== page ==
Ignore the scaremongering. China can't turn off Brahmaputra even if it wants

Nihar Gokhale @nihargokhale | First published: 14 October 2016, 19:14 IST
Ignore the scaremongering. China can't turn off Brahmaputra even if it wants
Malik/Catch News

Will China wage a water war against India? For many, China's dam building on the Brahmaputra river evokes the image of a tap that can be turned off at will, leaving millions in Arunachal Pradesh, Assam and Meghalaya thirsting for water by the drying banks of the mighty river. Strategists have argued that this is a real possibility, and one has even written a sci-fi book on it.

The scare reemerged on 1 October when China announced it had blocked a tributary of the Brahmaputra for a dam it has been constructing since 2014. Since this happened within a day of India's "surgical strikes" in Pakistan Occupied Kashmir and murmurs of damming the Indus, the imagery of a water war seemed appropriate.

But can such a war really happen? Fortunately, there is no unanimity on this view.

Also Read: Watch: Is China really blocking Brahmaputra's flow into India?

Experts with knowledge of the river, and of India-China relations, say China's power over the Brahmaputra is exaggerated. There just isn't that much water in the Brahmaputra on the Chinese side as to cause largescale devastation downstream. As for damage from China's damming the river, there are far more dams on the Indian side that can cause greater damage. Indeed, in the downstream areas of Assam, there is greater reservation against India's dams on the river than the Chinese ones, which are fewer in number.

How much water can China control?

The Brahmaputra originates in the Tibetan plateau, where it is known as the Yarlung Tsangpo. Running eastward for about 1,100 km through a dry region, the river makes a dramatic U-turn at the Great Bend, and flows southward into Arunachal, where it is known as Siang. From there, a great volume of water is added to the river by its tributaries such as the Dibang, Subansiri, Lohit and Kameng in India, and the Teesta in Bangladesh.

In fact, far more water is added to the Brahmaputra's flow in India, Bhutan and Bangladesh than in China. According to the Food and Agriculture Organisation's AQUASAT survey of 2011, the annual flow of the Brahmaputra basin from China to India is 165 cubic kilometre, but from India to Bangladesh the flow is 537 cu km. Bhutan alone discharges 78 cu km - half of China's amount - into the river.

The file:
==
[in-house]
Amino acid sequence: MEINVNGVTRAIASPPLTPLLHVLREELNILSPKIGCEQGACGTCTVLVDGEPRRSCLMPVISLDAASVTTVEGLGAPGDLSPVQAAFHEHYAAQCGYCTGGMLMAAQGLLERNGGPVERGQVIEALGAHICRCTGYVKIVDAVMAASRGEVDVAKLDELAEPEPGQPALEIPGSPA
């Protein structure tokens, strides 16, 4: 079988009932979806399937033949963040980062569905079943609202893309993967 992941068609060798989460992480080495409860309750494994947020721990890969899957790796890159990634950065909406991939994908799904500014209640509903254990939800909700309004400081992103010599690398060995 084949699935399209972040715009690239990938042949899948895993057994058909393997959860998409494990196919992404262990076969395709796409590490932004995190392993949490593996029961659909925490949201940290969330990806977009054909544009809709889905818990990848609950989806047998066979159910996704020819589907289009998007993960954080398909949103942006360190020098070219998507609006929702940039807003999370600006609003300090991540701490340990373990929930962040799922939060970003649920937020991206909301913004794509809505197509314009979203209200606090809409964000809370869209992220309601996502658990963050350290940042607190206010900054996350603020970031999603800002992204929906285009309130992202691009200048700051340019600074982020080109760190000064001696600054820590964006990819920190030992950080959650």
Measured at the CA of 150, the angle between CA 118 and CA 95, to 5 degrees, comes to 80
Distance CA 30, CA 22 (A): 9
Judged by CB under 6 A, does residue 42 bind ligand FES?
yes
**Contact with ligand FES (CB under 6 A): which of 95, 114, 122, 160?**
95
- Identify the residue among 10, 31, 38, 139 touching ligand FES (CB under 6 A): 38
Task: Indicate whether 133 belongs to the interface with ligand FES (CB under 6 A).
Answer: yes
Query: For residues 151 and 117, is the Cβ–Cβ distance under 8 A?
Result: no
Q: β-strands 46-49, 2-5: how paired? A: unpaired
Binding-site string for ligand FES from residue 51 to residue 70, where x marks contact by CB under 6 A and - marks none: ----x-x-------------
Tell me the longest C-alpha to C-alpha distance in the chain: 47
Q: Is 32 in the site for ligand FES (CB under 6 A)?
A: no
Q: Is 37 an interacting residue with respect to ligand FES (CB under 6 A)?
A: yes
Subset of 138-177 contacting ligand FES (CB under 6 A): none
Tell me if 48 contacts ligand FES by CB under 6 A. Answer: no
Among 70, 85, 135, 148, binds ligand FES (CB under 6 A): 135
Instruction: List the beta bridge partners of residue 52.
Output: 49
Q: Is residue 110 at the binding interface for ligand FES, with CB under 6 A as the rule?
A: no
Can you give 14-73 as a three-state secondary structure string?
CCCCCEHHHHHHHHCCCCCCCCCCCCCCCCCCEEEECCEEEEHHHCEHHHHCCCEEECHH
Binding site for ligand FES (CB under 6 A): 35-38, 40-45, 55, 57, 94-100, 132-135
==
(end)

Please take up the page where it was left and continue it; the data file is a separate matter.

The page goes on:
According to another study, although 50% of the Brahmaputra basin is in China, it generates just about 22% of the annual water discharge of the river because of the dry weather there. India accounts for 34% of its basin area but contributes 39% of the total discharge. Bhutan covers 6.7% of basin but 21% of the discharge, almost the same as China.

This is why most experts dismiss the fear that China will someday choke the Brahmaputra water supply to India. "There is no question of the Chinese controlling the water flow in the Brahmaputra since most of the water comes from Indian tributaries, that is the monsoon rainfall. The water flow issue is quite overstated and a result of ignorance and prejudice acting together," says Jabin Jacob, fellow at the Institute of Chinese Studies.

Moreover, China has little capacity to hold the water back. The dam on the river it operationalised last year - Zangmo or Zam dam - is a 510 megawatt run-of-the-river dam that doesn't take out any water from the river. The other dams proposed on the river are also of this type.

In fact, the dam for which China blocked a tributary recently - and which has sparked the latest fear of water wars - is Lalho Hydroelectric Project, the first storage reservoir for irrigation; the first dam, that is, which will actually take water out of the river. But this tributary - Xiabuqum - contributes only about 0.02% of the Brahmaputra's flow in China.

Since the other dams aren't of the storage type either, China does not yet have the capacity to block water during the lean season in India, when the Chinese share of water in the river is much higher.

If not dams, then what?

 
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